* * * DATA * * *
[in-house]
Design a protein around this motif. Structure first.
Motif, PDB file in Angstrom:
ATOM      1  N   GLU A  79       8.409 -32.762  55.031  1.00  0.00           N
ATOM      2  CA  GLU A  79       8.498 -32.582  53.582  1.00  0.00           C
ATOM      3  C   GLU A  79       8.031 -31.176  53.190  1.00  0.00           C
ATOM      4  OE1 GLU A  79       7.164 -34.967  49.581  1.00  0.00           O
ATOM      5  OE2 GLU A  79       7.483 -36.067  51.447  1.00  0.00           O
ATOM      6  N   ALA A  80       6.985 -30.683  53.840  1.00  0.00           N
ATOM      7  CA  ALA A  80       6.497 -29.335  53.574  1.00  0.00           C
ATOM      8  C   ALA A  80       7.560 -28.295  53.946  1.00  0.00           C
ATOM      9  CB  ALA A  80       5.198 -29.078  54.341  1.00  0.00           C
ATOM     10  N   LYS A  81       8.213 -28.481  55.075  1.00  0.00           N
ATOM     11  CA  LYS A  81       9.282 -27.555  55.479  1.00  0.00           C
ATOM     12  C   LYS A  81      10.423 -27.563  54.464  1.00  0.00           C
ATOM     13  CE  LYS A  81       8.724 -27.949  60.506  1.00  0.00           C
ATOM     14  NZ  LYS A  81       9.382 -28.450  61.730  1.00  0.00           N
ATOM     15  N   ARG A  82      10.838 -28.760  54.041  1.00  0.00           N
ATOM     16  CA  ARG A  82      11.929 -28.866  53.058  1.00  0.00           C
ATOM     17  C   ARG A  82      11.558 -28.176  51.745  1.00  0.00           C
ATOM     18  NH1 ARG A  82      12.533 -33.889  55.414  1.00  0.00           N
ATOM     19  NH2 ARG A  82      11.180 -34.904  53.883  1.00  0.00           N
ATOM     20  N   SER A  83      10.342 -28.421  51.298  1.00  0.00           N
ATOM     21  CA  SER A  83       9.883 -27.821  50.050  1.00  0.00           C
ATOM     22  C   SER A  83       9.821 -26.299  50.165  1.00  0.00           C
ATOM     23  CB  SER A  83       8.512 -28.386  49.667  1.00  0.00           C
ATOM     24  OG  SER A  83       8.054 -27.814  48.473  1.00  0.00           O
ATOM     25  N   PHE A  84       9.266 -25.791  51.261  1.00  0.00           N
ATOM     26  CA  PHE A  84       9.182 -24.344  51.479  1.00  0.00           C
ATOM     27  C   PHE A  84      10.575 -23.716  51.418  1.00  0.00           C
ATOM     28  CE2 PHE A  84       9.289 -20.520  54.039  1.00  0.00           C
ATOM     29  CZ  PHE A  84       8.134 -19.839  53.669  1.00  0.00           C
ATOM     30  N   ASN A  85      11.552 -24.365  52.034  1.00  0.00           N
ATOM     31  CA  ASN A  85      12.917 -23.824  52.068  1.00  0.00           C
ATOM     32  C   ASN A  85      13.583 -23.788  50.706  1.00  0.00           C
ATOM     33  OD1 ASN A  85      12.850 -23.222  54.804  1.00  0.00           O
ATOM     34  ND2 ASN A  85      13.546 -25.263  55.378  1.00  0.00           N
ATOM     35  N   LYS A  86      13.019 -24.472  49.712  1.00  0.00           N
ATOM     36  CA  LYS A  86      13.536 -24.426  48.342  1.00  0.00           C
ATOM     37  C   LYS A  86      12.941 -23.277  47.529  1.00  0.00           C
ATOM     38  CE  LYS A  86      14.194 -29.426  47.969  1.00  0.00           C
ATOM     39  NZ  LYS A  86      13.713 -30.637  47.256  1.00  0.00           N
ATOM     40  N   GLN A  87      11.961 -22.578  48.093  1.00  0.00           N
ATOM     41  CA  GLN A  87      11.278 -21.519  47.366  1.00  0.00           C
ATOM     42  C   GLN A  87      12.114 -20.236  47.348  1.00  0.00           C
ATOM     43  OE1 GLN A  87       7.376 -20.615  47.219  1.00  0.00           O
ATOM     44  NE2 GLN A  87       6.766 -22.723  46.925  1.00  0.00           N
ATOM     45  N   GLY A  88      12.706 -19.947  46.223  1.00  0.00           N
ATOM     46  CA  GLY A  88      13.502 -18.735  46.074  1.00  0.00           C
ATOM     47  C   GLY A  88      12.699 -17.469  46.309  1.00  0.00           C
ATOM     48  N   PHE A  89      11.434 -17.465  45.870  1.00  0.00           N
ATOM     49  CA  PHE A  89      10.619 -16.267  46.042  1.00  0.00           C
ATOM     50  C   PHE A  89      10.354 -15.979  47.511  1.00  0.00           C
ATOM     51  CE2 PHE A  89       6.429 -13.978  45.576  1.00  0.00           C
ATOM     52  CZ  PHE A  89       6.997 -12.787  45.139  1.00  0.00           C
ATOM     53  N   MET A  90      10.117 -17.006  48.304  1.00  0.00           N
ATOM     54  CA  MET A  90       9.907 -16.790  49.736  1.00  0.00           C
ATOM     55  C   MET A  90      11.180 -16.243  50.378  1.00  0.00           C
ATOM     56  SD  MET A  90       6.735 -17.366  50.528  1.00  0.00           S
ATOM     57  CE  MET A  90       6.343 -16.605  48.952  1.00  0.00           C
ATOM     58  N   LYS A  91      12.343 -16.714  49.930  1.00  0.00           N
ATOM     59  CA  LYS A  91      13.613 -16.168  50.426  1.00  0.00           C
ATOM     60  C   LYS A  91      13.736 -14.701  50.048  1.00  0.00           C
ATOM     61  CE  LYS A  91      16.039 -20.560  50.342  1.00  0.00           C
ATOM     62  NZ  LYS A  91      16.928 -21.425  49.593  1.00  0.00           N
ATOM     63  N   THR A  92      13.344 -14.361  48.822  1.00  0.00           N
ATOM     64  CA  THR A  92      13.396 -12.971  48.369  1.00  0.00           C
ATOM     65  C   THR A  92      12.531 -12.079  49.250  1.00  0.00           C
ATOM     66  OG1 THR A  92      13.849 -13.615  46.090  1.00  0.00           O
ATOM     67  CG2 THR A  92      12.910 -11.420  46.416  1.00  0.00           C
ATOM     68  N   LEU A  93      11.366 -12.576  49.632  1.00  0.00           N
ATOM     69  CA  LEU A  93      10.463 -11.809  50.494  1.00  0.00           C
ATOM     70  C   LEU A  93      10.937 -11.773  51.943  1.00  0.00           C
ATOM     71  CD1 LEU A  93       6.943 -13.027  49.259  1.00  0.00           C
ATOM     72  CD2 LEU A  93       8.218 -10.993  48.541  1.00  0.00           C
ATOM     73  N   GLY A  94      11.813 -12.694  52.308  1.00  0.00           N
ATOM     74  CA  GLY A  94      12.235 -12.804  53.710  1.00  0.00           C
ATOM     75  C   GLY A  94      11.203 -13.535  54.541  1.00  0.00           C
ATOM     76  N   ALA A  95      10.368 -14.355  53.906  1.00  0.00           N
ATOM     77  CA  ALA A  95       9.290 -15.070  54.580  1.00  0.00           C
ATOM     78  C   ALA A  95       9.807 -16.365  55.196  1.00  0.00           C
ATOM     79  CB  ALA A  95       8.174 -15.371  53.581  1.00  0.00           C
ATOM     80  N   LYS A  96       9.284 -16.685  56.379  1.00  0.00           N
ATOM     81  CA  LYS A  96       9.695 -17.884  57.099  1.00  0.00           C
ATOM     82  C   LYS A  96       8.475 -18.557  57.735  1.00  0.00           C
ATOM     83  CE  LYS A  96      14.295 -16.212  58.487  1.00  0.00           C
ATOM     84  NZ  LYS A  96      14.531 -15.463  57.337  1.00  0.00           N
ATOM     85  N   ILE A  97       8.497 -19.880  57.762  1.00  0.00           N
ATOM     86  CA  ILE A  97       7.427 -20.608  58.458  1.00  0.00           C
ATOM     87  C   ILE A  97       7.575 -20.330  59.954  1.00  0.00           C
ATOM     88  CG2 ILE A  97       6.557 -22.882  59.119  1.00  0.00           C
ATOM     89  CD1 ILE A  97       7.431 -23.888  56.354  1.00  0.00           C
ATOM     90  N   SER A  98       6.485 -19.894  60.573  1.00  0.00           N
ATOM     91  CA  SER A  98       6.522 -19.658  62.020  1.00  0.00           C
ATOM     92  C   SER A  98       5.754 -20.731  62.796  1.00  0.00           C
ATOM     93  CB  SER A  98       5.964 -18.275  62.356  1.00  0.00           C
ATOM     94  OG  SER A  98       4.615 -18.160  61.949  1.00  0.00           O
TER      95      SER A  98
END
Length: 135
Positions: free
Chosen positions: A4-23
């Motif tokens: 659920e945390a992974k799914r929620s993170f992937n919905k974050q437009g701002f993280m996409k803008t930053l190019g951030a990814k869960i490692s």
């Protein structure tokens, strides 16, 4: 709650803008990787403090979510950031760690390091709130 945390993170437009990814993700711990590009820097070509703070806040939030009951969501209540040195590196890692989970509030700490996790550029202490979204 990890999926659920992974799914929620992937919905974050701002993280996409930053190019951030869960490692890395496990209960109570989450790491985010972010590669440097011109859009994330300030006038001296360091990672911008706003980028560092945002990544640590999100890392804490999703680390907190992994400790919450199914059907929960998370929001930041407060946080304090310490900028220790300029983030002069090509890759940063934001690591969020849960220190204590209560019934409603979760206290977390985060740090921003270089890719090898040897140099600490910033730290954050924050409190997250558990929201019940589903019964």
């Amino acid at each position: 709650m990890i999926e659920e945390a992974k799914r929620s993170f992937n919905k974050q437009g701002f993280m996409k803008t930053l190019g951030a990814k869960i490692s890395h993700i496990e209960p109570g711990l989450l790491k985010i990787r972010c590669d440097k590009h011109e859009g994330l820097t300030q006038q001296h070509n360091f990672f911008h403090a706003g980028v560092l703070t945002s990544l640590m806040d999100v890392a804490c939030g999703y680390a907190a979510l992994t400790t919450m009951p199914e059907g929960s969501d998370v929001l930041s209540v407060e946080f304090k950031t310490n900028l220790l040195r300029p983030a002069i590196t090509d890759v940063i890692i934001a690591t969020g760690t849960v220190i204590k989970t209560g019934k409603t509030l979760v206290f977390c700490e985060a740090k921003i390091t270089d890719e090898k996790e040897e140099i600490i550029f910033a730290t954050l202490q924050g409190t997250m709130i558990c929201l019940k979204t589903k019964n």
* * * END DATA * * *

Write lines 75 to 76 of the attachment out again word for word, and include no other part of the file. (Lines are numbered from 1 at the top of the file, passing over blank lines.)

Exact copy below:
ATOM     72  CD2 LEU A  93       8.218 -10.993  48.541  1.00  0.00           C
ATOM     73  N   GLY A  94      11.813 -12.694  52.308  1.00  0.00           N